Affiliates note: As an Amazon Associate I earn from qualifying purchases. My content may contain affiliate links to products and services. If you click through and make a purchase, I'll receive a small commission. It does not affect the price you pay.

How to Make a Foolproof Sourdough Starter

Foolproof Sourdough Starter YouTube Video

Watch this video on YouTube

Hi Sweet Friends,

Making a Sourdough Starter is easier than you think.  The secret is to start with rye flour.  You can use freshly ground rye grain for best results.  Or, if rye grain isn’t available to you, use rye flour, but make sure it’s fresh and not passed its expiration date.

Now that I have a starter…

Once you get your starter going, you’ll want to make a sponge to make your sourdough bread.  At this point, you can use any flour you want to use to make bread—and you will not have any rye taste in your final product.

Mary's Nest How to Make a Foolproof Sourdough Starter

Step-by-step instructions

Watch this YouTube video as I walk you through the step-by-step process of making a foolproof sourdough starter.

Stay in Touch with Mary’s Nest

  1. Subscribe to My YouTube Channel for Traditional Foods Videos (Free) - When you subscribe, be sure to click on the notification bell that will let you know each time I upload a new video.
  2. Subscribe to Mary’s Traditional Foods Newsletter (Free) - Get a free 36-page eBook for signing up: How to Stock Your Essential Traditional Foods Four-Corners Pantry.
  3. Join the Traditional Foods Kitchen Academy (Optional Paid) - For more detailed videos, live streams, and exclusive members-only perks, join my YouTube membership community.
  4. Order The Modern Pioneer Cookbook (Optional Paid) - Get a printed book of Mary's nourishing recipes from a Traditional Foods Kitchen. This bestselling cookbook is published by Penguin Random House with their DK imprint.

I look forward to having you join me in my Texas Hill Country Kitchen!

You can print the recipe below.

How to Make a Foolproof Sourdough Starter

5 from 8 votes
Prep: 15 minutes
Total: 19 minutes
Yield: 1
Making a Sourdough Starter is easier than you think.  The secret is to start with rye flour.  You can use freshly ground rye grain for best results.  Or, if rye grain isn't available to you, use rye flour, but make sure it's fresh and not passed its expiration date.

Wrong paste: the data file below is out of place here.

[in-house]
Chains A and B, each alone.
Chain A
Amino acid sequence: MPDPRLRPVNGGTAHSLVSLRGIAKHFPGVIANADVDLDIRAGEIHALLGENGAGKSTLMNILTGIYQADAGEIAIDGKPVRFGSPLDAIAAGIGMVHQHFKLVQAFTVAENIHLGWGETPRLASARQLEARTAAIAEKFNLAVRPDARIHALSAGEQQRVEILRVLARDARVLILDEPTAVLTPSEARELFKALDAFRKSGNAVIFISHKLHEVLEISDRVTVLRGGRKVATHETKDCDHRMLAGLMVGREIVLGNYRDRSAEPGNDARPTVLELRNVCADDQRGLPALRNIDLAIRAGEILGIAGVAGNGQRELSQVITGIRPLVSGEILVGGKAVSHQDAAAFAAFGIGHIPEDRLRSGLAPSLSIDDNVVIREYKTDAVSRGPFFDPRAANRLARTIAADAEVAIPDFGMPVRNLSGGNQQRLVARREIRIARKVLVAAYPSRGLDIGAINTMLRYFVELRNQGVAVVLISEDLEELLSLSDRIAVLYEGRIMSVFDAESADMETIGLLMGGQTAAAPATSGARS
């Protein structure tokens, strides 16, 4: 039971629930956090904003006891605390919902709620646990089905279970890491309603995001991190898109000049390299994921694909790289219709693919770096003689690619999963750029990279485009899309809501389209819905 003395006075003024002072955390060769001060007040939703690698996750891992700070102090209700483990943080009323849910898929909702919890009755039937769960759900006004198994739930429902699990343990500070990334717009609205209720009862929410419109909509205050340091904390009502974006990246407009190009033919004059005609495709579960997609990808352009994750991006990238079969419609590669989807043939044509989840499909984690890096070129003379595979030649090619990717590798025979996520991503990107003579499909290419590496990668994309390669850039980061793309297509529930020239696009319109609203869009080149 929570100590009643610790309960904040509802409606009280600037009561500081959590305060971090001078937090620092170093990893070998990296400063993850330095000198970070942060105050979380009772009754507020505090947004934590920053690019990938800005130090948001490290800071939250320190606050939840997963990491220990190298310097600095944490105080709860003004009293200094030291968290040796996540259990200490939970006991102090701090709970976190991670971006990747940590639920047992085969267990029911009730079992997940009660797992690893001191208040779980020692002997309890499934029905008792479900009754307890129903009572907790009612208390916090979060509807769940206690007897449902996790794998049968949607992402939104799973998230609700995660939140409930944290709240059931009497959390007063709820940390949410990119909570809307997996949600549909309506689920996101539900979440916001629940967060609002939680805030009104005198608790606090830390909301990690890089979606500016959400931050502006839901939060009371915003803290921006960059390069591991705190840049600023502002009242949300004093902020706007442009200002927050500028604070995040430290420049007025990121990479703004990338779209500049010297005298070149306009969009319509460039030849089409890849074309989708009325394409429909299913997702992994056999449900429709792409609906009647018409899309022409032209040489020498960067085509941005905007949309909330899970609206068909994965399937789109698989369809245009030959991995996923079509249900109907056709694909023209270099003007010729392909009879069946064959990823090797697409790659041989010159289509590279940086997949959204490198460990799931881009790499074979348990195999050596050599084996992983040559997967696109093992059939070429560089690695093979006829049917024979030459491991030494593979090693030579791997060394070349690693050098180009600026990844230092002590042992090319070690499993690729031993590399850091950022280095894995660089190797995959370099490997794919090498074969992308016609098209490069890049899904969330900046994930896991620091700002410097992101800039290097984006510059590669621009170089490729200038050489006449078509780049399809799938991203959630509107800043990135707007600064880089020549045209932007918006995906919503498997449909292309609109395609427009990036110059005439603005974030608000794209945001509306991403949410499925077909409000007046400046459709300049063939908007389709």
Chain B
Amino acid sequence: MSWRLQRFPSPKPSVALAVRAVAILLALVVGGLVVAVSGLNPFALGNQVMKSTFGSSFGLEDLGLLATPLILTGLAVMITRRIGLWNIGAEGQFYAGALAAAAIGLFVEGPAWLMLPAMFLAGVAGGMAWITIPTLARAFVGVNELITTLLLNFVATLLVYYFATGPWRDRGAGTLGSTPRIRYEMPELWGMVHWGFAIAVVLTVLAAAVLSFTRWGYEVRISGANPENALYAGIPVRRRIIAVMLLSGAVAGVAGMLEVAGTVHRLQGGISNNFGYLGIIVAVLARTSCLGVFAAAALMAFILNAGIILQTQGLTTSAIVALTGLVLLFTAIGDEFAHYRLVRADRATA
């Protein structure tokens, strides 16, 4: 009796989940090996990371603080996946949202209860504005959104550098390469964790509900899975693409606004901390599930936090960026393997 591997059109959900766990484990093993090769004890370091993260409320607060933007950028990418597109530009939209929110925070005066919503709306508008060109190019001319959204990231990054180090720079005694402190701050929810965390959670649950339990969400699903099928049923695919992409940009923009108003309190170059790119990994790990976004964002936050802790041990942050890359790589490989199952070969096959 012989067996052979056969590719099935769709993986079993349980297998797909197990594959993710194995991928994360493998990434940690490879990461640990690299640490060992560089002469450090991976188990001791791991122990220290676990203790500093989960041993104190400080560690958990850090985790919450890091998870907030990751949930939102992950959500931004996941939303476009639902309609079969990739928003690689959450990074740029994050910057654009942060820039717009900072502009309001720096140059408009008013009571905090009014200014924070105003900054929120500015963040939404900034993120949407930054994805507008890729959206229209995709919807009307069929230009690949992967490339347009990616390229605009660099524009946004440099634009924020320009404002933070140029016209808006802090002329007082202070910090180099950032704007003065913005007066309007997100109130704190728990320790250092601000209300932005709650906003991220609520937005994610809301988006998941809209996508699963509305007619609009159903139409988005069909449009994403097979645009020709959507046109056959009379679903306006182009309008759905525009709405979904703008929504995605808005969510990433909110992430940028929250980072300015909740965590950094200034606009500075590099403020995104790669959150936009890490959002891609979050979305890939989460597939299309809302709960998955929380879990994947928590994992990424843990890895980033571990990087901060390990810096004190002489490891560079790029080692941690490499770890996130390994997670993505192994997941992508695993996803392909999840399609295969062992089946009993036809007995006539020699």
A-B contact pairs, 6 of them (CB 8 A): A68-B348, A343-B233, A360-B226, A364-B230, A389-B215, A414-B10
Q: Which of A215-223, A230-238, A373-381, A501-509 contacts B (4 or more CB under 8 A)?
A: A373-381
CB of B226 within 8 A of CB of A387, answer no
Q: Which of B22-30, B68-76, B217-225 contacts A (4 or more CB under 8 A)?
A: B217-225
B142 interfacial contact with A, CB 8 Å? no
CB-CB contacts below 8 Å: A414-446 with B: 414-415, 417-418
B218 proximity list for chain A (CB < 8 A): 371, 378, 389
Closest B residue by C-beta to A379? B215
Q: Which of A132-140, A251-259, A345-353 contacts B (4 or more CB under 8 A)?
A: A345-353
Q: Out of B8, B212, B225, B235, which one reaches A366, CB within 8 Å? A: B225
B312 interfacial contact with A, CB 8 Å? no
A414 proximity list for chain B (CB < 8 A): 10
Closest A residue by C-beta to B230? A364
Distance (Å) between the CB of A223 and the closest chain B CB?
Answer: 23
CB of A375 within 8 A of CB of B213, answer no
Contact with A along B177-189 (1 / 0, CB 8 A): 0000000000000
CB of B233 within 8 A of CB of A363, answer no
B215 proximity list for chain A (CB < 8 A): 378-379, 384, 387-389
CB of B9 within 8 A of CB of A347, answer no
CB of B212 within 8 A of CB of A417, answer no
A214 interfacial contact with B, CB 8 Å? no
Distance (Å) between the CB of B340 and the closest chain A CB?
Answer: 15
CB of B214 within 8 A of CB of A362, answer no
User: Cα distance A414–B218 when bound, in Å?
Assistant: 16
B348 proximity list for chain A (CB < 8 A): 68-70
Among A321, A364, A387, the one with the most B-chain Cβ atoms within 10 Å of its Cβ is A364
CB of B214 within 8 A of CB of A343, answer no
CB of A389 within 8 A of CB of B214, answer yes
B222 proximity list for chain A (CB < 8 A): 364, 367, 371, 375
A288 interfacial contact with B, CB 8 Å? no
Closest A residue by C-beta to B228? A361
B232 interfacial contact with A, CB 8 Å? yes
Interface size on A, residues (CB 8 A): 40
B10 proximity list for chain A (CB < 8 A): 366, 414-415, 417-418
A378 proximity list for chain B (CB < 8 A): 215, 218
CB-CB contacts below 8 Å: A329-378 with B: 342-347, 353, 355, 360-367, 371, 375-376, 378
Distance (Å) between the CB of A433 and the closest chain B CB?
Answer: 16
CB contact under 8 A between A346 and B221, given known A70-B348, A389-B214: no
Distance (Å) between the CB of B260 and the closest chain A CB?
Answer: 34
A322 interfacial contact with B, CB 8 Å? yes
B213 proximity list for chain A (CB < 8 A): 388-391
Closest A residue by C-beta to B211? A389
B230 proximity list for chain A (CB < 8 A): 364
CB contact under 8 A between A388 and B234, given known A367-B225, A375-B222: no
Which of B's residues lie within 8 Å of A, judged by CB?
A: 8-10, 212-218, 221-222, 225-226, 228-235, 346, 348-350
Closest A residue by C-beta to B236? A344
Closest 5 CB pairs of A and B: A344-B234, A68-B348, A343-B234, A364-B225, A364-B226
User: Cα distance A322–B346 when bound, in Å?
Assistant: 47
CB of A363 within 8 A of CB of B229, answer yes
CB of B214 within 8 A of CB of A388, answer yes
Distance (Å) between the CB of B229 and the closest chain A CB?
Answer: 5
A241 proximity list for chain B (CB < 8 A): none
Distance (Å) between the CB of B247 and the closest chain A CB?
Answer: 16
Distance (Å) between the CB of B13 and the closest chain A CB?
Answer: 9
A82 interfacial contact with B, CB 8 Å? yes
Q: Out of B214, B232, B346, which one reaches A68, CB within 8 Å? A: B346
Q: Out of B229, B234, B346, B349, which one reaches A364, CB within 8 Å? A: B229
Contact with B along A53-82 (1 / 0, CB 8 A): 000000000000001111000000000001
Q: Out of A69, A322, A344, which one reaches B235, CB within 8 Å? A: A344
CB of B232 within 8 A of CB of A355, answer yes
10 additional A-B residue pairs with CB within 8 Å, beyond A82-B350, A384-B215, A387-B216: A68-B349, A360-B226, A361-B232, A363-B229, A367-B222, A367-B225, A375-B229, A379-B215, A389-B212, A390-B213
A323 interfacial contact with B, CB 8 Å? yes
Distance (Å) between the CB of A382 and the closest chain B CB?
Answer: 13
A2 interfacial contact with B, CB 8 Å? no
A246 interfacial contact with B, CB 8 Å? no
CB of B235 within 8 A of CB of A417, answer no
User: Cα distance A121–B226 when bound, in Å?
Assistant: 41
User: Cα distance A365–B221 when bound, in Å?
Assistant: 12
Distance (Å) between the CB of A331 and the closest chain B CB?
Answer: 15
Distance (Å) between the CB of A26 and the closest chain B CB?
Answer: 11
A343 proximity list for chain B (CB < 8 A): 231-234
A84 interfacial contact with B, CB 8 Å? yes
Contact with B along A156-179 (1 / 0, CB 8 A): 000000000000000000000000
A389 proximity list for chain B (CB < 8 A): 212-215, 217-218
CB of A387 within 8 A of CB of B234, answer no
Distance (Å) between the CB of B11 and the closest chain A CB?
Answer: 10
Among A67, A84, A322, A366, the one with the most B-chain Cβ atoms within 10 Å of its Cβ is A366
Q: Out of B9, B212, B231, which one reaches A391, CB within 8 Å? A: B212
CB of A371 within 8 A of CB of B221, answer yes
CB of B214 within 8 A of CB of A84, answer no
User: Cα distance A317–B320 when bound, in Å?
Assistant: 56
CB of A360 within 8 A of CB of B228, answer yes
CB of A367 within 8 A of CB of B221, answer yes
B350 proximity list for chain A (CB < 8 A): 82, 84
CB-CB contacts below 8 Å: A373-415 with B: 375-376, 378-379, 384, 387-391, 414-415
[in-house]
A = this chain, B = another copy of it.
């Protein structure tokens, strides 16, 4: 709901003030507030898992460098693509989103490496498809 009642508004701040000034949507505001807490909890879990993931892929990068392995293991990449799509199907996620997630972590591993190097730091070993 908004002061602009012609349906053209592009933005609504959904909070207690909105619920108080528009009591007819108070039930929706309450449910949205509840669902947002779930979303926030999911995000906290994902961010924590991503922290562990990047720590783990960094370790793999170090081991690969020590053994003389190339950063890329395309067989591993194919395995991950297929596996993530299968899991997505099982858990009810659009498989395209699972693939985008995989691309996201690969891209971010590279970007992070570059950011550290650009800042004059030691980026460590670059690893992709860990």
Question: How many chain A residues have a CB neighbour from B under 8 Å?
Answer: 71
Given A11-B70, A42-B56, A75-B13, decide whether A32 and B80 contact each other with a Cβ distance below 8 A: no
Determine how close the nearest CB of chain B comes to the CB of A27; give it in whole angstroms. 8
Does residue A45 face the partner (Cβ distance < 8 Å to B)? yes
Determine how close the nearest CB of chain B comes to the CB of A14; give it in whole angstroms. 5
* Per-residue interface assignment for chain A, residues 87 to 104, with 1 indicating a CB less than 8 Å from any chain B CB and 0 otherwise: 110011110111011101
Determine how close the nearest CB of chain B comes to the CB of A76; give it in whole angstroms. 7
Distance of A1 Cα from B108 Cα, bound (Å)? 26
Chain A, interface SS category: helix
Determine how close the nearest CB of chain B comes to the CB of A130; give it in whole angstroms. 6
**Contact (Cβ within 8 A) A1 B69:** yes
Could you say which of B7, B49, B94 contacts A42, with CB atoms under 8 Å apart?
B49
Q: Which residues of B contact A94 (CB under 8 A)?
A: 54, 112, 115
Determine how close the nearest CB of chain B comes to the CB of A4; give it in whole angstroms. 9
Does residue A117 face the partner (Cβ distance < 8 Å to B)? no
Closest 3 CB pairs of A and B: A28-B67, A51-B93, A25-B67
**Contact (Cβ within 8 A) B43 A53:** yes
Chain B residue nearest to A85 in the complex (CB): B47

Ingredients

  • 5 tbsp Rye flour preferably freshly milled
  • 4 tbsp Filtered water preferably filtered, chlorine-free

Instructions 

  • Day 1 Mix 1 Tbsp. rye flour and 2 Tbsp. room temp/lukewarm water (preferably filtered chlorine-free water) in a small jar or bowl that holds approximately no more than 1 cup. Mix the two ingredients well, incorporating lots of air. Cover the jar or bowl loosely. Place in a warm spot in your kitchen at about 75 degrees Fahrenheit where it can rest undisturbed.
  • Day 2 Do nothing. The starter in the making will probably smell a little sweet - some say like honey. But if not, don’t worry.
  • Day 3 Now stir in 1 Tbsp. rye flour (no water) into your mixture and stir well, incorporating a lot of air. You may see a few bubbles starting but if not, don’t worry. Re-cover loosely and re-place in its undisturbed warm spot.
  • Day 4 Add 2 Tbsp. room temp/lukewarm water and 2 Tbsp. rye flour into your mixture and stir well, incorporating a lot of air. Re-cover loosely and re-place it back in its undisturbed warm spot.
  • Day 4 1/2 After 8 hours or up to 12 hours later check on your starter. It should be bubbly and foamy. If not, don’t worry. If it has not bubbled up and there is no foam, leave it for another 12 hours. Then repeat Day 4 - which is now Day 5 for you. Check it halfway through after 12 hours on Day 5. At this point, it should be ready. If not, rye grain/rye flour was probably very old. The key to success here is to have fresh rye flour.